Students who received the IE program made significantly greater gains in overall positive eating attitudes on the Intuitive Eating Scale than students in the comparison program (p=0.045), as well as on the Unconditional Permission to Eat subscale (p=0.02). There were no significant effects of sex on any of the analyses.

Research limitations/implications

Because of the relatively small sample size and short duration of the program, the results should be generalized with caution.

Practical implications

The results suggest that IE instruction may encourage the development of healthy eating attitudes in high school students, and health teachers may wish to consider including IE instruction in the health curriculum.

Originality/value

This is the first study to examine the effectiveness of an IE program in a K-12 population, with instruction provided in the context of the school. The results are promising and suggest that this may be a fruitful area for future research in nutrition education.

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Article
Publication date: 2 February 2015

Mary Callaghan, Michal Molcho, Saoirse Nic Gabhainn and Colette Kelly

– Availability and access to food is a determinant of obesity. The purpose of this paper is to examine food availability within and outside of post-primary schools in Ireland.

Abstract

Purpose

Availability and access to food is a determinant of obesity. The purpose of this paper is to examine food availability within and outside of post-primary schools in Ireland.

Design/methodology/approach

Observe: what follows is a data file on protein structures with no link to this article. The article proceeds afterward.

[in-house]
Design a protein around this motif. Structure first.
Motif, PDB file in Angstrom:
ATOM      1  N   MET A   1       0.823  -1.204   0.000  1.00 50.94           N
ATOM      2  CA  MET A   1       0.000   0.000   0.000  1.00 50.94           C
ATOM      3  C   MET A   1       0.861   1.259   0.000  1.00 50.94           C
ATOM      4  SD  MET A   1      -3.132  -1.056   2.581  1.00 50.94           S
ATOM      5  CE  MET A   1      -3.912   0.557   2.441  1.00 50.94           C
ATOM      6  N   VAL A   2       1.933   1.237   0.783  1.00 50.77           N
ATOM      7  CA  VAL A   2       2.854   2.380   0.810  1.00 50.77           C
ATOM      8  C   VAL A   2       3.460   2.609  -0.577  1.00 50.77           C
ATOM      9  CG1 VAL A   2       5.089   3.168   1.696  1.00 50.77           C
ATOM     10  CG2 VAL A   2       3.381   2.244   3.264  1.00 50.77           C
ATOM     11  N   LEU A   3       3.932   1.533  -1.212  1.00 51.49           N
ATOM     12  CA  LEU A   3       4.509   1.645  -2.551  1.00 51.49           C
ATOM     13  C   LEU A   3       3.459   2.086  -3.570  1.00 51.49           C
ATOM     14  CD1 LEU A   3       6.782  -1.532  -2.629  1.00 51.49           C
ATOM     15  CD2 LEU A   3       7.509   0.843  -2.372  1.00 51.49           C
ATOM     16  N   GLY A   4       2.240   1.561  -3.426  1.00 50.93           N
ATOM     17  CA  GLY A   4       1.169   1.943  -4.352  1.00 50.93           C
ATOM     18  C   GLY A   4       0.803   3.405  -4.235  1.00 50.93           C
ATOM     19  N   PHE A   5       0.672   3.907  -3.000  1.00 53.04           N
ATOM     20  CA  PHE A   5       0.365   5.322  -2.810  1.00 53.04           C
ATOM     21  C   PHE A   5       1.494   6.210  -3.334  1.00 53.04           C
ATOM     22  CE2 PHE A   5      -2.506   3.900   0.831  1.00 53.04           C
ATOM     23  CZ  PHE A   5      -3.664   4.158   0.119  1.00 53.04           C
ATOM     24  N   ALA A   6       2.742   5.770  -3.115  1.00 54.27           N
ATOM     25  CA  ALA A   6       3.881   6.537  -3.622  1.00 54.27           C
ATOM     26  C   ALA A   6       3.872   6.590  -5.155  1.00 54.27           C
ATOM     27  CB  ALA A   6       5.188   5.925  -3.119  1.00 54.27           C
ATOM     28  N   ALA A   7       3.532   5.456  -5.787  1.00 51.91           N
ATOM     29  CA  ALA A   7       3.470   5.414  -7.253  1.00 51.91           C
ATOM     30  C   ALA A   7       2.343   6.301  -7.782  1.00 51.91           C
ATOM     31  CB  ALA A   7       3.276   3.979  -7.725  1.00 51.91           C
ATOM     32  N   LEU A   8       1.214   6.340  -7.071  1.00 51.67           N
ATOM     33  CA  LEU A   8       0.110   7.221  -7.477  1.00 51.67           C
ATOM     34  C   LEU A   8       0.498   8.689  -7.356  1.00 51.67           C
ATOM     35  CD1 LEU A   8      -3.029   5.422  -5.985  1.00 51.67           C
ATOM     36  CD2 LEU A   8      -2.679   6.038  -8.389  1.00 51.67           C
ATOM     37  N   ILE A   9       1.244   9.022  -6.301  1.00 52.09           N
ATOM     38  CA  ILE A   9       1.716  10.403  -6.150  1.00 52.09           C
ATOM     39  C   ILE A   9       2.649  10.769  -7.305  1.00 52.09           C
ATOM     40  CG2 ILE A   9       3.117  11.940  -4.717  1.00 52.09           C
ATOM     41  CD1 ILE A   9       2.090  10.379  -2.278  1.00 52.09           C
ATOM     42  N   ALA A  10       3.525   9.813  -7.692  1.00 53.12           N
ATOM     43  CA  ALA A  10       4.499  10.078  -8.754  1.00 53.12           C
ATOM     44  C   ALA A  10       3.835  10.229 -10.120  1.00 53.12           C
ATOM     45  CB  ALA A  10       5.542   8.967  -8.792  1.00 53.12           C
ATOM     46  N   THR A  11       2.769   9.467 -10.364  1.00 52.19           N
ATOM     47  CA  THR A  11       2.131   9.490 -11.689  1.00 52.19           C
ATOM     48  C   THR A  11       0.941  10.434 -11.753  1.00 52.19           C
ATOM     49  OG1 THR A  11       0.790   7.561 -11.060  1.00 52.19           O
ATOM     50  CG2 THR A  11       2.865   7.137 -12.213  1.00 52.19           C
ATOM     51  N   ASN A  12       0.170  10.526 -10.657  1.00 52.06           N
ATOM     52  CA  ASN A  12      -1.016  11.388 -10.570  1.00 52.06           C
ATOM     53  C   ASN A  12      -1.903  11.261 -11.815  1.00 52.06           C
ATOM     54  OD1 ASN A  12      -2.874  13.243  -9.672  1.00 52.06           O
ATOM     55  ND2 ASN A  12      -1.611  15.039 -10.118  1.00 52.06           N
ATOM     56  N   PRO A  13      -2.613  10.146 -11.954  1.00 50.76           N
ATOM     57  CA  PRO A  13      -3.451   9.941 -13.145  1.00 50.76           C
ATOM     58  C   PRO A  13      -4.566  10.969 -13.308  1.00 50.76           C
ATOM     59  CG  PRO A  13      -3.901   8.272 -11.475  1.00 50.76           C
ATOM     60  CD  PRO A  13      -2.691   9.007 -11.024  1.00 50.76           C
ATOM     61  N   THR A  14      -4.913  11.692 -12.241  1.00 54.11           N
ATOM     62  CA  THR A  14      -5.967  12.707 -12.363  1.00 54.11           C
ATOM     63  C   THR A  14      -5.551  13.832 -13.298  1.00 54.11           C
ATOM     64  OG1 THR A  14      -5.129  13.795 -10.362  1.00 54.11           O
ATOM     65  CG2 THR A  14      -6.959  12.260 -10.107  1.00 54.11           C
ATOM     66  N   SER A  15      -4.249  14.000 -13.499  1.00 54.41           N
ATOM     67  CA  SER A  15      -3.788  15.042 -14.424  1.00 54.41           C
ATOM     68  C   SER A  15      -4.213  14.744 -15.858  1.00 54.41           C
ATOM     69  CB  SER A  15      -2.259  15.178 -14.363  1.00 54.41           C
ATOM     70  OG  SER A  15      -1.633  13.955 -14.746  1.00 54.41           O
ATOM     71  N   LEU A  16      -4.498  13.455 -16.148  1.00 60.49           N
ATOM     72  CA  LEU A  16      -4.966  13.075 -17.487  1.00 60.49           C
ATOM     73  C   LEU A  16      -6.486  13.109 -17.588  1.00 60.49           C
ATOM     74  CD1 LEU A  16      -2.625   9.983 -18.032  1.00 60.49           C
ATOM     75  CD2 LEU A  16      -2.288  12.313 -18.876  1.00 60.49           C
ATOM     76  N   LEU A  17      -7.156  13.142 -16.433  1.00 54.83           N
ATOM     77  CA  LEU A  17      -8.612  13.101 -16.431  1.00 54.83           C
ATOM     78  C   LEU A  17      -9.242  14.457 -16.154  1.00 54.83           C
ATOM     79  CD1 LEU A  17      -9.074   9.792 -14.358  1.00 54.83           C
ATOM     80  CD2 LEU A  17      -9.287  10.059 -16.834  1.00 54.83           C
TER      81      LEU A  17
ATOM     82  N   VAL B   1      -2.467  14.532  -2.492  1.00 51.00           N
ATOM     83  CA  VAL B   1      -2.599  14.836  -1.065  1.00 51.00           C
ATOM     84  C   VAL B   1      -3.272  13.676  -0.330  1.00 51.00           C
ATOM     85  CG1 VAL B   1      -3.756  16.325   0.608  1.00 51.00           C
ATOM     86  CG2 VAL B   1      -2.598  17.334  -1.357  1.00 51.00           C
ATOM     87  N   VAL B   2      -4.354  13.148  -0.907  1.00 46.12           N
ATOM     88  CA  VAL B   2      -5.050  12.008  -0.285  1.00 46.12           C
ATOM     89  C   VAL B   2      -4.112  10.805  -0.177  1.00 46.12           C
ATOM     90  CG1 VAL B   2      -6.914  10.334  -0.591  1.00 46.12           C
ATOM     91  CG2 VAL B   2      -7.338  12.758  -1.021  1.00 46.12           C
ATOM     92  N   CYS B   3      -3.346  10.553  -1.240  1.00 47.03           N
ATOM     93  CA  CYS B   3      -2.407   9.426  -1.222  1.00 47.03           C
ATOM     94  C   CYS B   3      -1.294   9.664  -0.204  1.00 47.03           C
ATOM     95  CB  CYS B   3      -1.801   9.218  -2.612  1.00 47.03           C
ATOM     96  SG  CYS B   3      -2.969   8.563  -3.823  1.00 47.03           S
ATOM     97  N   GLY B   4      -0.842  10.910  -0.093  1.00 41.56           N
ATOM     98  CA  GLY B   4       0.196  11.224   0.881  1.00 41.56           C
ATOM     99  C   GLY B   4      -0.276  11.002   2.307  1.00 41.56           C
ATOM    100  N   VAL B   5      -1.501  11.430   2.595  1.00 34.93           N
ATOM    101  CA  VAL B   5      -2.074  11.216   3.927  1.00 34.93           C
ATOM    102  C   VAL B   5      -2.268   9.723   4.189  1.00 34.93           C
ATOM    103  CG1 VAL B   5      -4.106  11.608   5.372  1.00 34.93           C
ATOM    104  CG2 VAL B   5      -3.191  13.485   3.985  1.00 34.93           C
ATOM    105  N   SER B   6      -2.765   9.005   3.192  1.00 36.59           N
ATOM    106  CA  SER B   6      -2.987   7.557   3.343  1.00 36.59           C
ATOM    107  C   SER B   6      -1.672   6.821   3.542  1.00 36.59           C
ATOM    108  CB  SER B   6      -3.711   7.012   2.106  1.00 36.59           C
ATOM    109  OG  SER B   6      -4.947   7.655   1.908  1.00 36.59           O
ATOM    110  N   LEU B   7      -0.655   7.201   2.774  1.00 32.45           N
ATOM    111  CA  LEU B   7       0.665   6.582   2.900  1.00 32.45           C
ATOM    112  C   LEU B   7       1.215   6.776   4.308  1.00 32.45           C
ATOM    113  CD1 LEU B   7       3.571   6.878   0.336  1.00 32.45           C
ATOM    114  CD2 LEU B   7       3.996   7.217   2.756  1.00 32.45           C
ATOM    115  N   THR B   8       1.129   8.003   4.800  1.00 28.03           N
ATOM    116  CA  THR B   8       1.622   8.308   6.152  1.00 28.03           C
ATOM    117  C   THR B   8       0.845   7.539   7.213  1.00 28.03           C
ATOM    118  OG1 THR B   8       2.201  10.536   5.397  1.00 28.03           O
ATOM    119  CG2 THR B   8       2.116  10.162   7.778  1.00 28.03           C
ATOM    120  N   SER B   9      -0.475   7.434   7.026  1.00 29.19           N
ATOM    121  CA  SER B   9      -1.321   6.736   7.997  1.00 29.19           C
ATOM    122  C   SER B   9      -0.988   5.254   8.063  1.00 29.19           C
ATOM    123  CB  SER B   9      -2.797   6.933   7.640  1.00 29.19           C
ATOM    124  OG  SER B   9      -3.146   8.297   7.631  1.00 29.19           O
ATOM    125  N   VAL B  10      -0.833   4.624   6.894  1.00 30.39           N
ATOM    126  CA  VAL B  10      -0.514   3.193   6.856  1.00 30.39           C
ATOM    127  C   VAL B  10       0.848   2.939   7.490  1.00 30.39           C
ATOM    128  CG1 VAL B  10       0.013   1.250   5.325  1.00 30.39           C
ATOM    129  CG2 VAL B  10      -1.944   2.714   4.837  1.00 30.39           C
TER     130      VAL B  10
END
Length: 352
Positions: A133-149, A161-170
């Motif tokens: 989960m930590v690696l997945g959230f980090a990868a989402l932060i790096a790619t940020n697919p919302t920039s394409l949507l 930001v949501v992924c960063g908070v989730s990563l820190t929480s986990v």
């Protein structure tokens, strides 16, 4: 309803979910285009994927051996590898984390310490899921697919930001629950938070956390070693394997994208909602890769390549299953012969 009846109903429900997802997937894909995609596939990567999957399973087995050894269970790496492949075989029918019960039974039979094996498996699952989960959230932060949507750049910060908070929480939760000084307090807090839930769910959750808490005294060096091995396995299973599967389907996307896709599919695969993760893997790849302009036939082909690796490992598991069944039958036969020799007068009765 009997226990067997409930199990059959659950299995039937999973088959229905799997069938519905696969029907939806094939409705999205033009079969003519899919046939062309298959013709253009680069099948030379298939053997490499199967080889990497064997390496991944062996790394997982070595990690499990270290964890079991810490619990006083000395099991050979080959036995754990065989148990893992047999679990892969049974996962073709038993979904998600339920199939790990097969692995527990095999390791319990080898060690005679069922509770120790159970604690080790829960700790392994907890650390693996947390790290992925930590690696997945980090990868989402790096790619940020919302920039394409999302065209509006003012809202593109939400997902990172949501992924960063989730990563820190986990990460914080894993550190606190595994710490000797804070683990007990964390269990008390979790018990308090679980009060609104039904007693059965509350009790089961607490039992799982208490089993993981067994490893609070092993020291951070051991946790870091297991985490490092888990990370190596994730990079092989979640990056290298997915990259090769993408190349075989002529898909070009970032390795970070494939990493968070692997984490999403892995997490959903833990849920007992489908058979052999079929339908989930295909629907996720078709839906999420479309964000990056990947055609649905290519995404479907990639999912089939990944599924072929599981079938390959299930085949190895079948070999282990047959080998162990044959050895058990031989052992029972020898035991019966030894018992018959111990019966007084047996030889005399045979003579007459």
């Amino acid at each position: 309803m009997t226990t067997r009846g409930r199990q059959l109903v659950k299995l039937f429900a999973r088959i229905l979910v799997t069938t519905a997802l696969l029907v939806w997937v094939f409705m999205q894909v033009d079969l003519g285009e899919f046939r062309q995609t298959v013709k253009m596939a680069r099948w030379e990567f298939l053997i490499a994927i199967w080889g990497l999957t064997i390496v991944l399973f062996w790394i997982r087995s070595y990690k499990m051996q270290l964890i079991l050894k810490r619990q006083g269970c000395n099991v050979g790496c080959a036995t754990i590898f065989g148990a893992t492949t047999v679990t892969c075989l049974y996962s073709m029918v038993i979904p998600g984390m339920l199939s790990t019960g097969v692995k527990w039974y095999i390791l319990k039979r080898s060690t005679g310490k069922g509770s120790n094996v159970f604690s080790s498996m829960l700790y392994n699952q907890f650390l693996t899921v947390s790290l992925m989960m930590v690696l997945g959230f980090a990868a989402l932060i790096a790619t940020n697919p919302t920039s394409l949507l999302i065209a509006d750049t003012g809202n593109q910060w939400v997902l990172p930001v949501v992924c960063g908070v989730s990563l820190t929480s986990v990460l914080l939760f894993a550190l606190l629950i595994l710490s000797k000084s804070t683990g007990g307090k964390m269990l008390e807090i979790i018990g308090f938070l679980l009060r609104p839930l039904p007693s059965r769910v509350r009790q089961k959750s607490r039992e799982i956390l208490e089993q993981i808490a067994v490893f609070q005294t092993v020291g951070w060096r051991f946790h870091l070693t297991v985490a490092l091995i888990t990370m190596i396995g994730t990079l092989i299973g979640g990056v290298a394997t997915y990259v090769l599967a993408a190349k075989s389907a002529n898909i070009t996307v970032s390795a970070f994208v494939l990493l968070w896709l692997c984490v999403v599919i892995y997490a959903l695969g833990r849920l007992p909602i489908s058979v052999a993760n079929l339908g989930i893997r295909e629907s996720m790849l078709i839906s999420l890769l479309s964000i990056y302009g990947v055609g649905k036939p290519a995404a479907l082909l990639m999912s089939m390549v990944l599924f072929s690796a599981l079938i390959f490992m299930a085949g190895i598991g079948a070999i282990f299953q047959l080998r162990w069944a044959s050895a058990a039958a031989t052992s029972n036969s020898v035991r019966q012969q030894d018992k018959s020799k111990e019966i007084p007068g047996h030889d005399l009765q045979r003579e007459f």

Data on the internal school food environment were collected from 63 post-primary schools using questionnaires. The external school food environment for these 63 schools was assessed by mapping food businesses within 1 km of schools, using a Geographic Information System (GIS). Food businesses were categorised based on type of food sold.

Findings

A total of 68.3 per cent of schools had a canteen, 52.5 per cent had a small food shop and 37.1 per cent had a vending machine. A total of 32.7 per cent of schools reported selling chips (French fries) in their canteen while 44.2 per cent of schools reported selling energy-dense nutrient-poor foods in their school shop. Of the schools surveyed, there was an average of 3.89 coffee shops and sandwich bars, 3.65 full service restaurants, 2.60 Asian and other “ethnic” restaurants, 4.03 fast food restaurants, 1.95 supermarkets, 6.71 local shops and 0.73 fruit and vegetable retailers within a 1 km radius of the post-primary schools. Findings are presented by geography (urban/rural), disadvantage (Delivering Equality of Opportunity in School (DEIS)/non DEIS), gender (girls/boys/mixed) and food policy in place at the school (yes/no).

Practical implications

These data will facilitate schools working on the framework for Health Promoting Schools in Ireland.

Social implications

This work can contribute to current discussions on restricting accessibility to certain foods and food premises for school children.

Originality/value

The study explores the internal and external school food environment. GIS have been used to link the external food environment to specific schools thus allowing a comprehensive analysis of the schools’ food environment. To the authors knowledge, this is the first time that both environments are explored simultaneously.